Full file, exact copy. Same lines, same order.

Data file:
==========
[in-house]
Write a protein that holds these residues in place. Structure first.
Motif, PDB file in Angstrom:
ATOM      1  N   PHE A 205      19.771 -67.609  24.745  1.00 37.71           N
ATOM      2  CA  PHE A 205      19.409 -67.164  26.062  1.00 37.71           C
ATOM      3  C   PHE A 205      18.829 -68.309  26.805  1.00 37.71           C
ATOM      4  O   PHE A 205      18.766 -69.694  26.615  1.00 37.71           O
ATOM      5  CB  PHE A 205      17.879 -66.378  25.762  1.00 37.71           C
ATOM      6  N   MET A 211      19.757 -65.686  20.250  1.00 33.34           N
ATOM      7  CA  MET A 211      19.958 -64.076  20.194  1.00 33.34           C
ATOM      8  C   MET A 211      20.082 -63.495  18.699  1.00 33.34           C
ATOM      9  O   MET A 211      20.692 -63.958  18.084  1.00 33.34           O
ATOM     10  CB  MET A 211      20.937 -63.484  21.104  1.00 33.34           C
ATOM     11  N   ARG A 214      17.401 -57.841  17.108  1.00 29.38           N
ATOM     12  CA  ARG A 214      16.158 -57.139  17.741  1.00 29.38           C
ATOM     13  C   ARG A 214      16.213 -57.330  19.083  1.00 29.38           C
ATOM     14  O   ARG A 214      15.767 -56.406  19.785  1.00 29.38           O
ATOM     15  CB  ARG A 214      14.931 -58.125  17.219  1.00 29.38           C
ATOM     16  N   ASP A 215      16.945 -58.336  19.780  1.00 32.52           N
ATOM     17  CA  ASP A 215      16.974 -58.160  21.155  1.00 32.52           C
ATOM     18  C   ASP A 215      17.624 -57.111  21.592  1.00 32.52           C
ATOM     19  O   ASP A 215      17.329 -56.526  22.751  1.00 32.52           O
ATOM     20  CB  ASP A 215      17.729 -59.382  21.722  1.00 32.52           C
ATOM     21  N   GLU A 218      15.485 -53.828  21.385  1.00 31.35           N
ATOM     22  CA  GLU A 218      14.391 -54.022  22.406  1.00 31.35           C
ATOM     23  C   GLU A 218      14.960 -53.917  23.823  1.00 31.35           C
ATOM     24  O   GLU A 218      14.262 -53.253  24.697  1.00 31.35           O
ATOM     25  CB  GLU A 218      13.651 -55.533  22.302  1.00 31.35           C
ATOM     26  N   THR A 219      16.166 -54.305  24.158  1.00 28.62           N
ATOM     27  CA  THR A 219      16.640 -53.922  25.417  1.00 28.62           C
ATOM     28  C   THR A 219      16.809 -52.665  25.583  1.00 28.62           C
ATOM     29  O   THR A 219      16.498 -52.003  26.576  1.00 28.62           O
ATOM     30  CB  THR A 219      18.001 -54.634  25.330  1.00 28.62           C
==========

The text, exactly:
[in-house]
Write a protein that holds these residues in place. Structure first.
Motif, PDB file in Angstrom:
ATOM      1  N   PHE A 205      19.771 -67.609  24.745  1.00 37.71           N
ATOM      2  CA  PHE A 205      19.409 -67.164  26.062  1.00 37.71           C
ATOM      3  C   PHE A 205      18.829 -68.309  26.805  1.00 37.71           C
ATOM      4  O   PHE A 205      18.766 -69.694  26.615  1.00 37.71           O
ATOM      5  CB  PHE A 205      17.879 -66.378  25.762  1.00 37.71           C
ATOM      6  N   MET A 211      19.757 -65.686  20.250  1.00 33.34           N
ATOM      7  CA  MET A 211      19.958 -64.076  20.194  1.00 33.34           C
ATOM      8  C   MET A 211      20.082 -63.495  18.699  1.00 33.34           C
ATOM      9  O   MET A 211      20.692 -63.958  18.084  1.00 33.34           O
ATOM     10  CB  MET A 211      20.937 -63.484  21.104  1.00 33.34           C
ATOM     11  N   ARG A 214      17.401 -57.841  17.108  1.00 29.38           N
ATOM     12  CA  ARG A 214      16.158 -57.139  17.741  1.00 29.38           C
ATOM     13  C   ARG A 214      16.213 -57.330  19.083  1.00 29.38           C
ATOM     14  O   ARG A 214      15.767 -56.406  19.785  1.00 29.38           O
ATOM     15  CB  ARG A 214      14.931 -58.125  17.219  1.00 29.38           C
ATOM     16  N   ASP A 215      16.945 -58.336  19.780  1.00 32.52           N
ATOM     17  CA  ASP A 215      16.974 -58.160  21.155  1.00 32.52           C
ATOM     18  C   ASP A 215      17.624 -57.111  21.592  1.00 32.52           C
ATOM     19  O   ASP A 215      17.329 -56.526  22.751  1.00 32.52           O
ATOM     20  CB  ASP A 215      17.729 -59.382  21.722  1.00 32.52           C
ATOM     21  N   GLU A 218      15.485 -53.828  21.385  1.00 31.35           N
ATOM     22  CA  GLU A 218      14.391 -54.022  22.406  1.00 31.35           C
ATOM     23  C   GLU A 218      14.960 -53.917  23.823  1.00 31.35           C
ATOM     24  O   GLU A 218      14.262 -53.253  24.697  1.00 31.35           O
ATOM     25  CB  GLU A 218      13.651 -55.533  22.302  1.00 31.35           C
ATOM     26  N   THR A 219      16.166 -54.305  24.158  1.00 28.62           N
ATOM     27  CA  THR A 219      16.640 -53.922  25.417  1.00 28.62           C
ATOM     28  C   THR A 219      16.809 -52.665  25.583  1.00 28.62           C
ATOM     29  O   THR A 219      16.498 -52.003  26.576  1.00 28.62           O
ATOM     30  CB  THR A 219      18.001 -54.634  25.330  1.00 28.62           C